Press Release Archive
Released: Thursday, October 23, 2008
The Conference Board announced today that the leading index for Mexico decreased 0.9 percent and the coincident index decreased 0.2 percent in August.
- The leading index declined substantially in August as the oil price, the construction component of industrial production and the stock price index components all made very large negative contributions. As a result, since February, the six-month growth rate of the leading index has slowed to 2.0 percent (about a 4.1 percent annual rate), which is below the 5.3 percent annual rate that prevailed between August 2007 and February 2008. In addition, the strengths and weaknesses among the leading indicators have remained balanced in recent months.
- The coincident index, a measure of current economic activity, also declined in August, the fourth decline in the past six months. In August, employment, as measured by total IMSS beneficiaries, was the largest negative contributor. The six-month growth rate of the coincident index fell to - 0.8 percent (about a -1.5 percent annual rate), down sharply from the 5.0 percent annual rate of growth that prevailed for the previous six-month period ending in February. However, the strengths among the coincident indicators have remained slightly more widespread than weaknesses over the last six months.
- After declining in late 2007 through January of this year, the leading index resumed growing in February; however, this growth has been moderate and volatile. At the same time, the coincident index has been fluctuating around an essentially flat trend, and its six-month growth rate has become negative for the first time in three years. Meanwhile, real GDP grew at a 0.6 percent annual rate in the second quarter after a -0.5 percent annual rate in the first quarter of 2008. Taken together, the recent behavior of the composite indexes so far suggests that slow economic growth should continue in the near term.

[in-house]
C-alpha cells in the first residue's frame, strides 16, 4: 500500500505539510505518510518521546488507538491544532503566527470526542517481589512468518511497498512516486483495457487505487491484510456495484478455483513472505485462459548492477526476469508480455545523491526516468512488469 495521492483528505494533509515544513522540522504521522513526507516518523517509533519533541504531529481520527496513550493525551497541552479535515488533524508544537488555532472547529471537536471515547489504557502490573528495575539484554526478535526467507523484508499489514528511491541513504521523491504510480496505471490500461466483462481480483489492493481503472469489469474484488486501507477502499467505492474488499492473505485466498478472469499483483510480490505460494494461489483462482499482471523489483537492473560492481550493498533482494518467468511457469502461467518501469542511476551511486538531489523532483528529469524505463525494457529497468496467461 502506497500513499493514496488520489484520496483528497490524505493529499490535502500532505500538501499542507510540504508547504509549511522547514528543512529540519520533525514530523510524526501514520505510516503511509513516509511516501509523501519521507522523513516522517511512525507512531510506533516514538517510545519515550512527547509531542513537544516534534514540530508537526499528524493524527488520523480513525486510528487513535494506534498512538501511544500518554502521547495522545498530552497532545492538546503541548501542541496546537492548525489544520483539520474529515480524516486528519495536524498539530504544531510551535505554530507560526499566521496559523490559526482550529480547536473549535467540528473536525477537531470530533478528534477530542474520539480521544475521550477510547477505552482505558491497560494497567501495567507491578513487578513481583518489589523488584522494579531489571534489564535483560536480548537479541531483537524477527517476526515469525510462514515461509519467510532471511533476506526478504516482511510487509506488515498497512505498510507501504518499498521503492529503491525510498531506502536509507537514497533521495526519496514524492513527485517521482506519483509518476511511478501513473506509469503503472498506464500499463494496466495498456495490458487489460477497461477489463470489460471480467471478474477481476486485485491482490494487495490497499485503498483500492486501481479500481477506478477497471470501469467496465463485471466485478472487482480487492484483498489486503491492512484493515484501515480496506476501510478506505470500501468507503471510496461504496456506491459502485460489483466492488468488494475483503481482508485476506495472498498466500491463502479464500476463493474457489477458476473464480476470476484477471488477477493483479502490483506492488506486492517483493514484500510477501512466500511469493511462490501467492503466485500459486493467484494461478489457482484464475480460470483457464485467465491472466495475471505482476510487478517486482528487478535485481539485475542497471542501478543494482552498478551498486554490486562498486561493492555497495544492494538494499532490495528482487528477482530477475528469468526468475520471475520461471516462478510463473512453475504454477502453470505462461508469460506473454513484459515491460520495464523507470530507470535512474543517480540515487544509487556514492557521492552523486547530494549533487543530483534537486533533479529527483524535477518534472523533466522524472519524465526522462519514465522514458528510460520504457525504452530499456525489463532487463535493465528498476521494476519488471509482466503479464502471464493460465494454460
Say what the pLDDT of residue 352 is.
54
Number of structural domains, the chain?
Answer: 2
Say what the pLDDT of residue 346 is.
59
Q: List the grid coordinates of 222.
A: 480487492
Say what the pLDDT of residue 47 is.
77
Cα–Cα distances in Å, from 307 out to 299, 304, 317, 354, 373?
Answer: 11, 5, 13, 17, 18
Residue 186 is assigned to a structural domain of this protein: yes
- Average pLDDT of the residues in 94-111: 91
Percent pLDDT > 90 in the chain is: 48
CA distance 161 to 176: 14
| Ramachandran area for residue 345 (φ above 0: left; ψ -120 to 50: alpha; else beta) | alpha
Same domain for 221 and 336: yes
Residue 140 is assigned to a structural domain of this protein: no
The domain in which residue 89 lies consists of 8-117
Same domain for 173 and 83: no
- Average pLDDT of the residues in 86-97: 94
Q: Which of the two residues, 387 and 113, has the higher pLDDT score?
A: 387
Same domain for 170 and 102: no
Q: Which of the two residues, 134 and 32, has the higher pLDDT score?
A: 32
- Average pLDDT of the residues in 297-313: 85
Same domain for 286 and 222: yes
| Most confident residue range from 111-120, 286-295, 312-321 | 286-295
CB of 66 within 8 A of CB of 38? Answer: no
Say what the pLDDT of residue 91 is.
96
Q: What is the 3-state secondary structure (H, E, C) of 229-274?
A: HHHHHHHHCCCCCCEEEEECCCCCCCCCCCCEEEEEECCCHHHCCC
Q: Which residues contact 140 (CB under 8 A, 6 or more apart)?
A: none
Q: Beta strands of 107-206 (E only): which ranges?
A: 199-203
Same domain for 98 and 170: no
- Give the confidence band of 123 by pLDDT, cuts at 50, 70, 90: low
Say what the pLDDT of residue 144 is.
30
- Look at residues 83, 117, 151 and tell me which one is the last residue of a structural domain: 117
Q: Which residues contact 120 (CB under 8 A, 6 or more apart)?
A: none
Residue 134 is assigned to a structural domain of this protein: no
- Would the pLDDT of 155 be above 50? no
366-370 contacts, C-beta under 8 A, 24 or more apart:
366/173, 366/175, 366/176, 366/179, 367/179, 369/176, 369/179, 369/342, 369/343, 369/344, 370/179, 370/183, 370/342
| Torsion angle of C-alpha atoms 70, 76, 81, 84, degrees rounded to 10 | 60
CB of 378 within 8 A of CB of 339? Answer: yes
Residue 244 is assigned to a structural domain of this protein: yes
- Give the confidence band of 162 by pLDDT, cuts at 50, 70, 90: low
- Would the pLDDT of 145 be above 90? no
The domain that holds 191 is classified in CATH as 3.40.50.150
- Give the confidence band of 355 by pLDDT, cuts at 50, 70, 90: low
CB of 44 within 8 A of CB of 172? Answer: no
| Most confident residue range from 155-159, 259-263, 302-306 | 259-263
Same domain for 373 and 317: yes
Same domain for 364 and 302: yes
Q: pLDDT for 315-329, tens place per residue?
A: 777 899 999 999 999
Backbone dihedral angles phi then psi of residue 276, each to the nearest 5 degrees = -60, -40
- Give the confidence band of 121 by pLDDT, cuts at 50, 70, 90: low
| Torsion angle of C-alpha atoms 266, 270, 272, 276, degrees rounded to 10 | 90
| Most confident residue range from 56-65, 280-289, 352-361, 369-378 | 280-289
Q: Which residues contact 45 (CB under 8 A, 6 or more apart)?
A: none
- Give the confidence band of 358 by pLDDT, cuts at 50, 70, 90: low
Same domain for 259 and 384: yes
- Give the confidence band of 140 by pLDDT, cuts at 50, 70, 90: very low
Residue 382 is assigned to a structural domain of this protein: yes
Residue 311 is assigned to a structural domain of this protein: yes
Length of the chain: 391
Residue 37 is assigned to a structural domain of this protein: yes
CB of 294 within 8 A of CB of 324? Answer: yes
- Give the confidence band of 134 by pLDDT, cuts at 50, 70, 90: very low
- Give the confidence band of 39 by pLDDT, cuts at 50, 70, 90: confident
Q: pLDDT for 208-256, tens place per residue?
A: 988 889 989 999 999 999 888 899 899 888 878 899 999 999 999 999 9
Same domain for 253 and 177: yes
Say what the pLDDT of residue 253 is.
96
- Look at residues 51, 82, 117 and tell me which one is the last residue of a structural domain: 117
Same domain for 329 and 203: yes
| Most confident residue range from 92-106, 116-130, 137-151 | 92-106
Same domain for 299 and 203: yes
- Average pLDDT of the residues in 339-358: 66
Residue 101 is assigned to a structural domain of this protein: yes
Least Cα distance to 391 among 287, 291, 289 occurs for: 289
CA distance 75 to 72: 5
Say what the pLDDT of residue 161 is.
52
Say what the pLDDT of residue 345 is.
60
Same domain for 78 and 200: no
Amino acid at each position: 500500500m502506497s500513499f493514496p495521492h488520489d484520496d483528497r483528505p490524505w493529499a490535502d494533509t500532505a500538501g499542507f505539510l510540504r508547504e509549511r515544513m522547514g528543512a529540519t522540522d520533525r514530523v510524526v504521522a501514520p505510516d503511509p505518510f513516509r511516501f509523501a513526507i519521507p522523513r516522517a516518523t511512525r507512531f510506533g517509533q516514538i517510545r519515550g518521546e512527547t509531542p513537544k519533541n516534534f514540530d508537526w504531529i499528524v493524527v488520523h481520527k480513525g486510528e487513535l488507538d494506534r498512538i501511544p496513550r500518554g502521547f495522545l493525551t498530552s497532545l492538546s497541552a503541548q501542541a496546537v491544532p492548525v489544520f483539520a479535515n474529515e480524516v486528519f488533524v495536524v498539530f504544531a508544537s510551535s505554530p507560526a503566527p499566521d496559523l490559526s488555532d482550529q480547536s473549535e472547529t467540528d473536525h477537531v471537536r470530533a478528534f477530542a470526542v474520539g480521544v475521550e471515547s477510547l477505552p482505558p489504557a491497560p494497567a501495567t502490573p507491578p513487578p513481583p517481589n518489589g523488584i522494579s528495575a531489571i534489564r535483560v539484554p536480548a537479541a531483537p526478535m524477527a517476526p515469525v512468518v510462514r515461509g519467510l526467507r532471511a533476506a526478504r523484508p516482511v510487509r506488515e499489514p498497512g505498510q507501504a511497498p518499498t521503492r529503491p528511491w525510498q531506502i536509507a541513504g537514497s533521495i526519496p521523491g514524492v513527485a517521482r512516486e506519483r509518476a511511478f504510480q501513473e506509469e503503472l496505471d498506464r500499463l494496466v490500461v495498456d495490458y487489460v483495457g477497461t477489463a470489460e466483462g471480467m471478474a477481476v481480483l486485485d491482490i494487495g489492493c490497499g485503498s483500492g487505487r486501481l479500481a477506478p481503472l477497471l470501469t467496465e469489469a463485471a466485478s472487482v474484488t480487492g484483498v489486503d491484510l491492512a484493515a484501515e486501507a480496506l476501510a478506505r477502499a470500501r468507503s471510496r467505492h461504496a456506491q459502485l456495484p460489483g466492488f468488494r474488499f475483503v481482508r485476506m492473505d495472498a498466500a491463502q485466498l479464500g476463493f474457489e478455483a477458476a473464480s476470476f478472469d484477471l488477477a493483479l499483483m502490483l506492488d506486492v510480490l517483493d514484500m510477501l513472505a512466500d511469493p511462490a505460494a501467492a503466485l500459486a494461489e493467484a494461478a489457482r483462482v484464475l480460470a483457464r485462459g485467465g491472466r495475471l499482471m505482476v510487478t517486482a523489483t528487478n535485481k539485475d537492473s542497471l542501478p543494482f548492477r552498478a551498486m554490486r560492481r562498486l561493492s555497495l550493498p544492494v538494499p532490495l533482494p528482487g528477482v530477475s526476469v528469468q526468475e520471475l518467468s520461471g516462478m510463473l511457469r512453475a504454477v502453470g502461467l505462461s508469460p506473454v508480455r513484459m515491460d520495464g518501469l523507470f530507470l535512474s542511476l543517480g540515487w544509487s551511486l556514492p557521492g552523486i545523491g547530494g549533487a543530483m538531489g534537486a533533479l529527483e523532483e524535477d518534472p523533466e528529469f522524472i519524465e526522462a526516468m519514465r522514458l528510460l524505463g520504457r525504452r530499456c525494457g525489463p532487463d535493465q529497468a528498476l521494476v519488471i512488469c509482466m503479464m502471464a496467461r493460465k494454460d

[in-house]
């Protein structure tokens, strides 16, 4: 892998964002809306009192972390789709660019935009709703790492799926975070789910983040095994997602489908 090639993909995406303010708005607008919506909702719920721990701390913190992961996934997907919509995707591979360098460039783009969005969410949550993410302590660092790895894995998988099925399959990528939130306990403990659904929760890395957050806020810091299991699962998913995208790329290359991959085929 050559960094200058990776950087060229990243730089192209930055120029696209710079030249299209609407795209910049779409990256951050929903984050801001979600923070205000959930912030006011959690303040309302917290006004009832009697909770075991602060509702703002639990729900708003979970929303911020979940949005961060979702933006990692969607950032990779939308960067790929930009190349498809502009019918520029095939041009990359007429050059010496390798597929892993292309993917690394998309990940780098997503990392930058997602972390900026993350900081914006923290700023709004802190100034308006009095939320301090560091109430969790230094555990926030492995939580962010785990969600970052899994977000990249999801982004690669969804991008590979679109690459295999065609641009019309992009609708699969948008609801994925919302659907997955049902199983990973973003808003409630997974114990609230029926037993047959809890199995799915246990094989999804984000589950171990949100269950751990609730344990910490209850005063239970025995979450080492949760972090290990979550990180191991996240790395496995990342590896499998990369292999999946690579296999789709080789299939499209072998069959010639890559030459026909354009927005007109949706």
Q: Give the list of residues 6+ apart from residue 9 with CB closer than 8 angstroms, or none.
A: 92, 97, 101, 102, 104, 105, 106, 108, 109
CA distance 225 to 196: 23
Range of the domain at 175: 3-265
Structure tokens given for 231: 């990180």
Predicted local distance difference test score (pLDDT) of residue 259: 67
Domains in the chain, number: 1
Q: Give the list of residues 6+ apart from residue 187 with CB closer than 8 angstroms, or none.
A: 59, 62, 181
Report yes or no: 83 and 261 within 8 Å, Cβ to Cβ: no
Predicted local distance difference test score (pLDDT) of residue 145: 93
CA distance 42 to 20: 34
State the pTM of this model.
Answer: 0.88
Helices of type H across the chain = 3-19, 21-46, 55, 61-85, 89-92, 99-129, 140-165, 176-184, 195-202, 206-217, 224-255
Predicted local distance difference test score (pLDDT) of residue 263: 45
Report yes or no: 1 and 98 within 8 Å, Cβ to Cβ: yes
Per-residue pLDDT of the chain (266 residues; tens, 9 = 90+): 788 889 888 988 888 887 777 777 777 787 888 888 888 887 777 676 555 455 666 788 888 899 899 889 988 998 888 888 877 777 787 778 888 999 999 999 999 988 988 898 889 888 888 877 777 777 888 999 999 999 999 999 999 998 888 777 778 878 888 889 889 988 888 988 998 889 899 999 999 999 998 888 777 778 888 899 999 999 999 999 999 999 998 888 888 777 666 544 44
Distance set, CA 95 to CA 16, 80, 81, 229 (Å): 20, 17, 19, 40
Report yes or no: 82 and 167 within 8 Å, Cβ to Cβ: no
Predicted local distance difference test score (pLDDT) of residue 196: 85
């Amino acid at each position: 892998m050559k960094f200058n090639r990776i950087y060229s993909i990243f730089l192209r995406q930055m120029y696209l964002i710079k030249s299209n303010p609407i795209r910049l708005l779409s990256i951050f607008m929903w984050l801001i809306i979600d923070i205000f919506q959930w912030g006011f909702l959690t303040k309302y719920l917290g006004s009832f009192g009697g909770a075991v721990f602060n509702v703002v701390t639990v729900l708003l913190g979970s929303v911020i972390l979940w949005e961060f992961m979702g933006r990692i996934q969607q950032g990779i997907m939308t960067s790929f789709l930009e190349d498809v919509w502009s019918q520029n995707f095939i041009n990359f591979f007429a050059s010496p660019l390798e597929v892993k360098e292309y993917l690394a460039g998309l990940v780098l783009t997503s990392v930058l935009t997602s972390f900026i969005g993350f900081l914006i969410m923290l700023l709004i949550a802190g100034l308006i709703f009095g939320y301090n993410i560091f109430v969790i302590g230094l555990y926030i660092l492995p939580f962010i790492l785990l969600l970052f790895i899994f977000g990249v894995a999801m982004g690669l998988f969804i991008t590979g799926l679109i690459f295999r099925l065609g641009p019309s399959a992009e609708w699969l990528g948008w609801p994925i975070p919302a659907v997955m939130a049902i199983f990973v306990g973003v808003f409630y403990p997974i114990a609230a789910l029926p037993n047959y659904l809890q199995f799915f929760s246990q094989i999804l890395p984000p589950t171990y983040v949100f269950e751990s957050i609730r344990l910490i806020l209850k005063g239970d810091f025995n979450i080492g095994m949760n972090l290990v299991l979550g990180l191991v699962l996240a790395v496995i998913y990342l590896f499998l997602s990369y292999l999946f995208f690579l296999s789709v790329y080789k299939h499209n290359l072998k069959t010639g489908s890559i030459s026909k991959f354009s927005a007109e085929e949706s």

LEADING INDICATORS. Two of the six components that make up the leading index increased in August. The positive contributors to the index — from the largest positive contributor to the smallest one — are net insufficient inventories and the (inverted) real exchange rate. The negative contributors to the index — from the largest negative contributor to the smallest one — are the US refiners' acquisition cost of domestic and imported crude oil, the industrial production construction component, stock prices, and the (inverted) federal funds rate.
With the 0.9 percent decrease in August, the leading index now stands at 171.9 (1990=100). Based on revised data, this index increased 0.1 percent in July and increased 0.2 percent in June. During the six-month span through August, the index increased 2.0 percent, with three of the six components increasing (diffusion index, six-month span equals 50.0 percent).
COINCIDENT INDICATORS. None of the three components that make up the coincident index increased in August. The number of people employed (measured by total IMSS beneficiaries), industrial production, and retail sales* declined in August.
With the decrease of 0.2 percent in August, the coincident index now stands at 169.1 (1990=100). Based on revised data, this index decreased 0.5 percent in July and increased 0.9 percent in June. During the six-month span through August, the index decreased -0.8 percent, with two of the three components increasing (diffusion index, six-month span equals 66.7 percent).
DATA AVAILABILITY. The data series used to compute the two composite indexes reported in the tables in this release are those available "as of" 10 A.M. October 21, 2008. Some series are estimated as noted below.
NOTES: The series in the coincident index based on The Conference Board estimates include retail sales.
THESE DATA ARE FOR ANALYSIS PURPOSES ONLY. NOT FOR REDISTRIBUTION, PUBLISHING, DATABASING, OR PUBLIC POSTING WITHOUT EXPRESS WRITTEN PERMISSION.